Five signs that Nigeria may be heading for another recession

April 16, 2020
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The last time Nigeria suffered a recession in 2016, global crude oil prices dropped, resulting in forex reserves also dropping, due to the country’s over-reliance on oil revenue.

The shortage of forex to source for raw materials and machinery to sustain production led to the exit of foreign portfolio investors and foreign direct investors left the market.

This, in turn, caused a fall in the production of goods and services which is a major component of the GDP.

However, the country is facing another economic meltdown unless adequate measures are put in place by the federal government to mitigate the impact of the coronavirus pandemic.

According to the International Monetary Fund (IMF), remittances represent household income from foreign economies, arising mainly from the temporary or permanent movement of people to those economies.

Remittances include cash and noncash items that flow through formal channels such as electronic wire, or through informal channels, such as goods carried across borders.

Remittances are important because they help meet basic needs, fund cash and non-cash investments, finance education, foster new businesses, service debts, and essentially drive economic growth.

The top 10 remittance-sending countries to Nigeria are: the United States of America, the United Kingdom, Cameroon, Italy, Ghana, Spain, Germany, Benin, Ireland, and Canada. Presently all these countries have been badly hit by the Coronavirus pandemic, with millions of jobs lost which may affect the ability of Nigerians in diaspora to send money home. It should be noted that diasapora remittances accounted for 6.1% of Nigeria’s GDP in 2018.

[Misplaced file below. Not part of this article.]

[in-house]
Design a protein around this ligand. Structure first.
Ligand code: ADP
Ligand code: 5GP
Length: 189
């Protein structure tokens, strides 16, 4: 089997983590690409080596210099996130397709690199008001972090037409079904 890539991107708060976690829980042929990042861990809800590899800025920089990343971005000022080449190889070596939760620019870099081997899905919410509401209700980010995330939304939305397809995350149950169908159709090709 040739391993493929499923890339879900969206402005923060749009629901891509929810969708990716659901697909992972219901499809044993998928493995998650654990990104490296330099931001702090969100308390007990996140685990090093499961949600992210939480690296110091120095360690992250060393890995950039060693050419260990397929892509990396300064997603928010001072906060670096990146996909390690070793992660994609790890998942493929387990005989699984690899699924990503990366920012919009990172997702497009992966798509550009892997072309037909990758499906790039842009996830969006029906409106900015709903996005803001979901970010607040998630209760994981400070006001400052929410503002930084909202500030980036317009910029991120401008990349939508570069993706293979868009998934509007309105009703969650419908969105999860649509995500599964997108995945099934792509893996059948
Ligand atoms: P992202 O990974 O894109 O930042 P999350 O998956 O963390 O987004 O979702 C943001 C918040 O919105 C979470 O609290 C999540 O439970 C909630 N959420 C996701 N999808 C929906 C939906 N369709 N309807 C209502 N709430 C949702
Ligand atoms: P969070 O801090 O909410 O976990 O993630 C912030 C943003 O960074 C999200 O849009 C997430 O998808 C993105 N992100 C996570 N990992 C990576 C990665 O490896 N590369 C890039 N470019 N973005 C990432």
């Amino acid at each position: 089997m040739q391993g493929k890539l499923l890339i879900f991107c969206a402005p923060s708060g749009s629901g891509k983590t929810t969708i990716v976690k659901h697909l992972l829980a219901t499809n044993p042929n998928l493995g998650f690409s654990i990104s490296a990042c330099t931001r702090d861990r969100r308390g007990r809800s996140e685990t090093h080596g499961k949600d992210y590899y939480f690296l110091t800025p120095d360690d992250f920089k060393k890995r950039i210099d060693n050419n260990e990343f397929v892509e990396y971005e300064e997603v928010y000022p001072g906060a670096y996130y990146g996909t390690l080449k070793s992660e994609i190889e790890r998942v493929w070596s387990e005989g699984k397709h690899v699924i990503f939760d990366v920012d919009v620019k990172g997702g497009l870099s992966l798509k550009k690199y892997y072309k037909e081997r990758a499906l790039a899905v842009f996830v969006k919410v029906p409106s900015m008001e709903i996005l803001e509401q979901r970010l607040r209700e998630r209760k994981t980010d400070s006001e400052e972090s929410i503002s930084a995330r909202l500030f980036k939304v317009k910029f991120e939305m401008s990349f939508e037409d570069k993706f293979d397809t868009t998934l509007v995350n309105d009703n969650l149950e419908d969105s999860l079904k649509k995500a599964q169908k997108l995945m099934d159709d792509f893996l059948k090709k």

Minister of Finance, Budget and National Planning, Mrs Zainab Ahmed warned that Nigeria may go into recession if the coronavirus pandemic continues for the next couple of months. According to the minister, the Federal and State governments will struggle in terms of revenue, as long as crude oil price remains low.

An analyst report by Rennaissance Capital (Rencap), states that the fall in oil prices below $30 will negatively affect Nigeria’s export earnings. The collapse in oil prices may be devastating for Nigeria, as oil accounts for 90% of the country’s revenue and 60% of the Federal Government’s revenue.

This is exacerbated by the global demand shock caused by COVID-19, which largely explains why Nigeria is sitting on 30 or more unsold April-loading cargoes of crude oil.

According to Reuters, China’s exports contracted sharply in the first two months of the year, and imports declined, as the health crisis triggered by the Coronavirus outbreak caused massive disruptions to business operations, global supply chains and economic activities.

Nigerian businesses that rely on imports from China and other countries are likely to suffer, while businesses that export goods would also be affected, which may ultimately lead to loss of revenue and job losses.

The service sector in Nigeria also contributes to the Nigerian economy, but presently the sector is in meltdown. The Central Bank of Nigeria had announced a credit relief of $135m to businesses affected by the coronavirus. The CBN governor said households, small and medium-sized enterprises, airline service providers, hotels, health care merchants will benefit from the funds.

The services sector in Nigeria includes but is not limited to construction, transport accommodation, food services businesses.

Investors’ pessimism has taken over and people are selling off due to uncertainty of where the world is going. The daily deluge of bad news, coupled with an economy that is in a free fall, will keep stocks low.

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